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Derivatives Trading

10 minutes
Cristian Cochintu
Cristian Cochintu
21 March 2024

Derivative trading has grown in popularity since the 1980s, and investors can now trade derivatives on a wide range of financial markets.  

Derivatives are some of the most popular trading products in the world and can be used to hedge a position, speculate on the directional movement of an underlying asset, or give leverage to holdings.  

As leverage can increase their potential risks and rewards, there are quite a few important things to know before getting started. However, if you are ready to trade derivatives follow our quick guide below. 

How to Trade Derivatives – Quick Guide

  • Select the types of derivatives you want to trade: Choose between spot and futures prices of over 2,100 derivatives on stocks, indices, commodities, bonds, funds, currencies, and cryptocurrencies. 
  • Make a trading plan: Decide whether you would like to go ‘long’ or ‘short’ - and how you're going to manage your risk. 
  • Open a live account: Fill in our online form to start trading derivatives with a regulated broker and award-winning platform. 


For a more comprehensive overview of what a derivative contract is, how derivatives are traded, the types of derivative products that you can trade, and an overview of some of the risks and benefits involved, follow our in-depth guide below. 

What are Derivatives? 

A derivative contract is a contract between two or more parties where the derivative value is based upon an underlying asset like an index, stock, or commodity. The price of the derivative is determined by the price fluctuations of the underlying asset.

Derivatives can be traded on an exchange or over the counter (OTC), which means trading through decentralized dealer networks rather than a centralized exchange. You can take a position on a large range of underlying assets, including: 

Types of Derivatives 

There are several types of derivative products that you can trade, with each of them having significant differences in their details, risks, and benefits. CFDs, forwards, futures, and options are some of the most popular types of derivatives among traders.   

However, derivatives like options and futures contracts can be difficult to trade as they often require large capital outlays or accounts with brokers that buy and sell on your behalf. 

An alternative is to use a provider like to speculate on the price movements of a derivative via CFD trading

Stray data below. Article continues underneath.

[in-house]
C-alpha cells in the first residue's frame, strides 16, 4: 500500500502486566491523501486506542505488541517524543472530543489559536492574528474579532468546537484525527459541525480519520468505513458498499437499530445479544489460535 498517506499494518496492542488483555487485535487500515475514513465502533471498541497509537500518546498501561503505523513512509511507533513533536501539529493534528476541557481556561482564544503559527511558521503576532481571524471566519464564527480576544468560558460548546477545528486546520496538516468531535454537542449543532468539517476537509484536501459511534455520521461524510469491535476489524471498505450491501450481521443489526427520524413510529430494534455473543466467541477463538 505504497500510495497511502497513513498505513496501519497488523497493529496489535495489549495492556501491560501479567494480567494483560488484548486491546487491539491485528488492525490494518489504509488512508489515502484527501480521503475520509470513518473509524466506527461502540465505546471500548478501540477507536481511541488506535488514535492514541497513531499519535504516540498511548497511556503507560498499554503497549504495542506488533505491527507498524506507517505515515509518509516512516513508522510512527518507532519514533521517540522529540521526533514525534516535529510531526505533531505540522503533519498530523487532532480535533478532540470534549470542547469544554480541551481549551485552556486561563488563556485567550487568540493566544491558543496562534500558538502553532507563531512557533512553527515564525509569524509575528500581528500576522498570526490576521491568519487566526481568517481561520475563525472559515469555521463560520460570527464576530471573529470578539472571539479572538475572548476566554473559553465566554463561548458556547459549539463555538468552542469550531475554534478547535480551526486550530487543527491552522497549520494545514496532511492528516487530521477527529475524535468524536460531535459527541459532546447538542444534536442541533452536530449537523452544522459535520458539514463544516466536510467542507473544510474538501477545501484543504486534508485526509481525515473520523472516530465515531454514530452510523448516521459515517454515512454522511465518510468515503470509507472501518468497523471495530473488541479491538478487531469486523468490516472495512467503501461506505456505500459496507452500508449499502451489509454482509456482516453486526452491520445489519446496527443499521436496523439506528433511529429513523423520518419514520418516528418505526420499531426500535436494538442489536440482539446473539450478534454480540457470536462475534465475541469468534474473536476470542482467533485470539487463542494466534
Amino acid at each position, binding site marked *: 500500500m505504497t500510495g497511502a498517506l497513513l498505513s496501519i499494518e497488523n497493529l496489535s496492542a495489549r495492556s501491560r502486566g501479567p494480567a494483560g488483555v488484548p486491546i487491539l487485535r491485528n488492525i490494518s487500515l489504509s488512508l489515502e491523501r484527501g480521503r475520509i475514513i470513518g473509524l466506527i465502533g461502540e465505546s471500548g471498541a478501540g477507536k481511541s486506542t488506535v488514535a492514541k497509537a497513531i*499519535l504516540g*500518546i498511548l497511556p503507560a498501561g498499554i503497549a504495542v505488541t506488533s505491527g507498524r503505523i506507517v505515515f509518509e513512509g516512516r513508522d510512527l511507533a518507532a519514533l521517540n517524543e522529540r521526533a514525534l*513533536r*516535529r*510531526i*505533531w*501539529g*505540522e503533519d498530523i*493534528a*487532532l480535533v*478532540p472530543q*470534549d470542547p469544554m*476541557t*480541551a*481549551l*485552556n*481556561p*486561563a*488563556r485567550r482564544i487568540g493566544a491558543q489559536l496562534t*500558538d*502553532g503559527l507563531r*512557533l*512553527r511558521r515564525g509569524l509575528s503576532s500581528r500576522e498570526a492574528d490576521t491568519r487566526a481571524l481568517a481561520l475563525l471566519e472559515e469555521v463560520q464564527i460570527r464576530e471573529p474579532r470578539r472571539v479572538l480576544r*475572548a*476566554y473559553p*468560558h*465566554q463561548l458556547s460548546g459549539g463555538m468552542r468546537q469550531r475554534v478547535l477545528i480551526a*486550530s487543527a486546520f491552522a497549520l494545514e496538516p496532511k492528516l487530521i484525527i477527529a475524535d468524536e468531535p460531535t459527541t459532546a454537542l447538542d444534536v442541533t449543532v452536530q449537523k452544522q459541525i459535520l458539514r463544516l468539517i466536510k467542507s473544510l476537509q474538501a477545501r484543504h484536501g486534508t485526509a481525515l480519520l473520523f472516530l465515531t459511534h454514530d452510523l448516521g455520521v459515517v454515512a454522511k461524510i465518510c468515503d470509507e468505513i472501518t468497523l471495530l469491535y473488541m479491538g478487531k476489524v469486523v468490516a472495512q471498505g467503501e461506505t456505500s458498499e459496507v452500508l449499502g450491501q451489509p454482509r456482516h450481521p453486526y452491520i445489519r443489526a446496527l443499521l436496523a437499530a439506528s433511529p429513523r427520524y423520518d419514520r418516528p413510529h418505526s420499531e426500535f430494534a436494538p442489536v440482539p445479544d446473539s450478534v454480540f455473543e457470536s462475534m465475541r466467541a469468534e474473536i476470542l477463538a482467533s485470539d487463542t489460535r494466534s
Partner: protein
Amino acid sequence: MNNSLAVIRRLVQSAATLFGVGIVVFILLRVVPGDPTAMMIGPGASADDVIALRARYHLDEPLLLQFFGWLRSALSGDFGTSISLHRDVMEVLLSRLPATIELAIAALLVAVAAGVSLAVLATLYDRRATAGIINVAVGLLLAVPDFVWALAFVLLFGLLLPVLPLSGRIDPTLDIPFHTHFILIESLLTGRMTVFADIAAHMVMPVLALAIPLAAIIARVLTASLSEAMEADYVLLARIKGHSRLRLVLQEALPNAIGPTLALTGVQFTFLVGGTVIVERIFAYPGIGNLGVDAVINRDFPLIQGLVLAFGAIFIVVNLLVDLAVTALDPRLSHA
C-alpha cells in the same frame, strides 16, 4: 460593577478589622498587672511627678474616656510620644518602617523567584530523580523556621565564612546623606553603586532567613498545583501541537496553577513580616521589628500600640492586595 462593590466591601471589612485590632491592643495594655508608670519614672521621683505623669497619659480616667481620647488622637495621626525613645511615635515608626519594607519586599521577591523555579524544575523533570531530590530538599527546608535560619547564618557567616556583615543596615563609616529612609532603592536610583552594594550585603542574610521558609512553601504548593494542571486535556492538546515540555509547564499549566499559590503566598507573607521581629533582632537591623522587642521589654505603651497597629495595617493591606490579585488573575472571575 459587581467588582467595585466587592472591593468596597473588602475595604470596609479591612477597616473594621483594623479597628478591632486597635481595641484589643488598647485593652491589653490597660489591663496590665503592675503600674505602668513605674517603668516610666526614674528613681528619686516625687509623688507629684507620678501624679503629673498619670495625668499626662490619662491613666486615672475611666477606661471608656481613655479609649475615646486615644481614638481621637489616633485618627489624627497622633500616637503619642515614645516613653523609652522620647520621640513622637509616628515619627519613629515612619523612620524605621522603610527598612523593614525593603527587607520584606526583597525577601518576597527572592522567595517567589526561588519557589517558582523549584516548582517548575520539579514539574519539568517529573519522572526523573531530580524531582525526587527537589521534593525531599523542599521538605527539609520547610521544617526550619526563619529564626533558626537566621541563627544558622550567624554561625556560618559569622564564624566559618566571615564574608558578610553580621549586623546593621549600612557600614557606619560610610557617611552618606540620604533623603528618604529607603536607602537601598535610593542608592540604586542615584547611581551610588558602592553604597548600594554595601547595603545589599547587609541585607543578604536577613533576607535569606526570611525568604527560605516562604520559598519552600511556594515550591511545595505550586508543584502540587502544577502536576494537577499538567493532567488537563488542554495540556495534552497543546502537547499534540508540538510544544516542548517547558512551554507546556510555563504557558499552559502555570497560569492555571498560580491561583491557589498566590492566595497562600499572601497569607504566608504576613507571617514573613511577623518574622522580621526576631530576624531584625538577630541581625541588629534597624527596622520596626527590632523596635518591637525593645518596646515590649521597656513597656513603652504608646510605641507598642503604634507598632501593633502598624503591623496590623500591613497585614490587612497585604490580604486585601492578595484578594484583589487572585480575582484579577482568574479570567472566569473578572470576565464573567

CFDs are also a form of derivatives as they track the price of an underlying market. When you trade CFDs, you’re entering into a contract for difference, which is an agreement to exchange the difference between the opening and closing price of your position. 

For example, you can take a position on a futures contract listed on an exchange without buying or selling the actual contract. Rather, you’d use a CFD to predict whether the future’s price will rise or fall, based on market conditions. If you think the price will rise, you’d buy (go long) whereas if you think it’d fall, you sell (go short). 

While this means you can make a profit or a loss, whatever the market’s doing – based on whether you predicted its movements correctly or not – this form of trading isn’t without risk. Short-selling in particular can bring significant profits or losses, as there’s no limit to how high a market’s price can rise. 

CFDs are leveraged forms of trading, meaning that you’ll put up a small initial deposit (called a margin) to open a larger trade. This is a small percentage of the total value of your position. However, both profits and losses are calculated based on the full position size, not your margin amount. 



A forward contract involves a buyer and seller. They agree to trade an asset at a future date, but at a price that is agreed upon today. These are traded OTC, with the terms privately agreed between the parties involved. Forwards incur counterparty risk because are traded over the counter. 


Futures contracts evolved out of forward contracts and therefore carry many of the same characteristics. The unique aspects of futures contracts are that they are standardized and traded on exchanges. The exchanges guarantee payment, so counterparty risk is lessened. You can trade on futures markets with using CFDs. 


Options give one party the right (but not the obligation) to purchase or sell an asset to the other at a future date at an agreed price. If the contract gives the option for one party to sell an asset it is called a put option. If it gives the option for one party to buy an asset it is called a call option. 

What is Derivative Trading? 

Derivative trading is when traders speculate on the future price action of an asset via the buying or selling of derivative contracts with the aim of achieving enhanced gains when compared with buying the underlying asset outright. Derivative trading has grown in popularity since the 1980s, and investors can now trade derivatives on a range of financial markets.